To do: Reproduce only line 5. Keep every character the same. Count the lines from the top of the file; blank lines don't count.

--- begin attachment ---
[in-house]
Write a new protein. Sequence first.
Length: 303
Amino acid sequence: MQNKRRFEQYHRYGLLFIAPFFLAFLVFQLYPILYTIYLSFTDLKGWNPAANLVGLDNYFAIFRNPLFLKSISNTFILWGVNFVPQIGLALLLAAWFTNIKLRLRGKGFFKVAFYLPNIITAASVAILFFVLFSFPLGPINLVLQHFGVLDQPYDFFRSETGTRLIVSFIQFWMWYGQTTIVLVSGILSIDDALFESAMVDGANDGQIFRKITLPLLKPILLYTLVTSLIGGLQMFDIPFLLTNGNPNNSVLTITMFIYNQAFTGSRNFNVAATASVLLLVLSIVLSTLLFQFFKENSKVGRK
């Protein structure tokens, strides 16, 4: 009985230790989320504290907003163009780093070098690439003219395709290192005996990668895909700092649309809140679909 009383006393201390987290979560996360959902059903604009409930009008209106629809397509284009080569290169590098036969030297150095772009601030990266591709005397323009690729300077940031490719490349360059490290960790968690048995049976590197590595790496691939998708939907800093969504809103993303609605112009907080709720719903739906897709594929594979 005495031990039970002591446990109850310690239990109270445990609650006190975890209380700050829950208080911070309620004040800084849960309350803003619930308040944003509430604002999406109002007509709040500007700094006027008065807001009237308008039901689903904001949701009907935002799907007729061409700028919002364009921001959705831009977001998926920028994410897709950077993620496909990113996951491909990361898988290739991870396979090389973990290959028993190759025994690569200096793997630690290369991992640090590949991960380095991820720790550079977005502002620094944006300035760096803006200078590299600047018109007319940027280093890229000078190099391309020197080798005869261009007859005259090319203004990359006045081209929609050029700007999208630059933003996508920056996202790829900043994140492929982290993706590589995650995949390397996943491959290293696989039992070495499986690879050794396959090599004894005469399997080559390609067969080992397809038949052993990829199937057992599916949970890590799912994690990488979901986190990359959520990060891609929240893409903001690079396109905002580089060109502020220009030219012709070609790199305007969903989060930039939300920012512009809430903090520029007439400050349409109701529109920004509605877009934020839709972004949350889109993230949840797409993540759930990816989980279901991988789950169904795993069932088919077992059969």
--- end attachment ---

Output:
């Protein structure tokens, strides 16, 4: 009985230790989320504290907003163009780093070098690439003219395709290192005996990668895909700092649309809140679909 009383006393201390987290979560996360959902059903604009409930009008209106629809397509284009080569290169590098036969030297150095772009601030990266591709005397323009690729300077940031490719490349360059490290960790968690048995049976590197590595790496691939998708939907800093969504809103993303609605112009907080709720719903739906897709594929594979 005495031990039970002591446990109850310690239990109270445990609650006190975890209380700050829950208080911070309620004040800084849960309350803003619930308040944003509430604002999406109002007509709040500007700094006027008065807001009237308008039901689903904001949701009907935002799907007729061409700028919002364009921001959705831009977001998926920028994410897709950077993620496909990113996951491909990361898988290739991870396979090389973990290959028993190759025994690569200096793997630690290369991992640090590949991960380095991820720790550079977005502002620094944006300035760096803006200078590299600047018109007319940027280093890229000078190099391309020197080798005869261009007859005259090319203004990359006045081209929609050029700007999208630059933003996508920056996202790829900043994140492929982290993706590589995650995949390397996943491959290293696989039992070495499986690879050794396959090599004894005469399997080559390609067969080992397809038949052993990829199937057992599916949970890590799912994690990488979901986190990359959520990060891609929240893409903001690079396109905002580089060109502020220009030219012709070609790199305007969903989060930039939300920012512009809430903090520029007439400050349409109701529109920004509605877009934020839709972004949350889109993230949840797409993540759930990816989980279901991988789950169904795993069932088919077992059969």